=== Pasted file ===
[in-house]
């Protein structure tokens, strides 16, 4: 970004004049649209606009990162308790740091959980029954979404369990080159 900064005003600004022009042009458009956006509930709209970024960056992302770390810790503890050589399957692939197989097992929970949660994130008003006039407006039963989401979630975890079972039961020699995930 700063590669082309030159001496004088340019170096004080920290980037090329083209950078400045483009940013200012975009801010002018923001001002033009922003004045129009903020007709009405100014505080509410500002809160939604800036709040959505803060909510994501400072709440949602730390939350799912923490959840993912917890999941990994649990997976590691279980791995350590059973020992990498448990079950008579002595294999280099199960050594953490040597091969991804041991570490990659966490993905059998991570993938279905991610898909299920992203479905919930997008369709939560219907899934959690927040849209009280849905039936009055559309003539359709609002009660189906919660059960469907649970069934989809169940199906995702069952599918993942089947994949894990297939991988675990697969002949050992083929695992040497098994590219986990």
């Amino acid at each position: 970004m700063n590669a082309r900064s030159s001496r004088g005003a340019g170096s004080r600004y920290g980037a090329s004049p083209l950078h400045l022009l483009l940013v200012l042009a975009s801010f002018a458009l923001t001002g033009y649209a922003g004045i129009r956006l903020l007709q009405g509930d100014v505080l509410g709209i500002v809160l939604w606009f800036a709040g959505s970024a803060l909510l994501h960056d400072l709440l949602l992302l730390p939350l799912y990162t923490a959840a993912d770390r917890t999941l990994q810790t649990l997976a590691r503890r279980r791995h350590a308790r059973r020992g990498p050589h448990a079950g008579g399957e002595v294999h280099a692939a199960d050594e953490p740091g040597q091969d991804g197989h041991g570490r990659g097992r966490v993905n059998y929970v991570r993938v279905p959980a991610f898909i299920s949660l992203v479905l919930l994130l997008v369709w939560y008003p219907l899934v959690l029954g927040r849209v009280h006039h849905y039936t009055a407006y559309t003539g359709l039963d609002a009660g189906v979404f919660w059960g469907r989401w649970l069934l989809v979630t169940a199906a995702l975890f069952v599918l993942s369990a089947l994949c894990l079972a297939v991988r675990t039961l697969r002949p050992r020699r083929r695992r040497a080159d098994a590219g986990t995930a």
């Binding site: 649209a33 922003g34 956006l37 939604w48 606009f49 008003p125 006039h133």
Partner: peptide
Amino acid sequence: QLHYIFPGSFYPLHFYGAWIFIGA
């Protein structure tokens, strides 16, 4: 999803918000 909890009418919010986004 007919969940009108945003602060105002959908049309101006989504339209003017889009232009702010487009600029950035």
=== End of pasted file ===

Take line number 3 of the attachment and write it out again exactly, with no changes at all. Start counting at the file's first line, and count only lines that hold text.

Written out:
């Amino acid at each position: 970004m700063n590669a082309r900064s030159s001496r004088g005003a340019g170096s004080r600004y920290g980037a090329s004049p083209l950078h400045l022009l483009l940013v200012l042009a975009s801010f002018a458009l923001t001002g033009y649209a922003g004045i129009r956006l903020l007709q009405g509930d100014v505080l509410g709209i500002v809160l939604w606009f800036a709040g959505s970024a803060l909510l994501h960056d400072l709440l949602l992302l730390p939350l799912y990162t923490a959840a993912d770390r917890t999941l990994q810790t649990l997976a590691r503890r279980r791995h350590a308790r059973r020992g990498p050589h448990a079950g008579g399957e002595v294999h280099a692939a199960d050594e953490p740091g040597q091969d991804g197989h041991g570490r990659g097992r966490v993905n059998y929970v991570r993938v279905p959980a991610f898909i299920s949660l992203v479905l919930l994130l997008v369709w939560y008003p219907l899934v959690l029954g927040r849209v009280h006039h849905y039936t009055a407006y559309t003539g359709l039963d609002a009660g189906v979404f919660w059960g469907r989401w649970l069934l989809v979630t169940a199906a995702l975890f069952v599918l993942s369990a089947l994949c894990l079972a297939v991988r675990t039961l697969r002949p050992r020699r083929r695992r040497a080159d098994a590219g986990t995930a």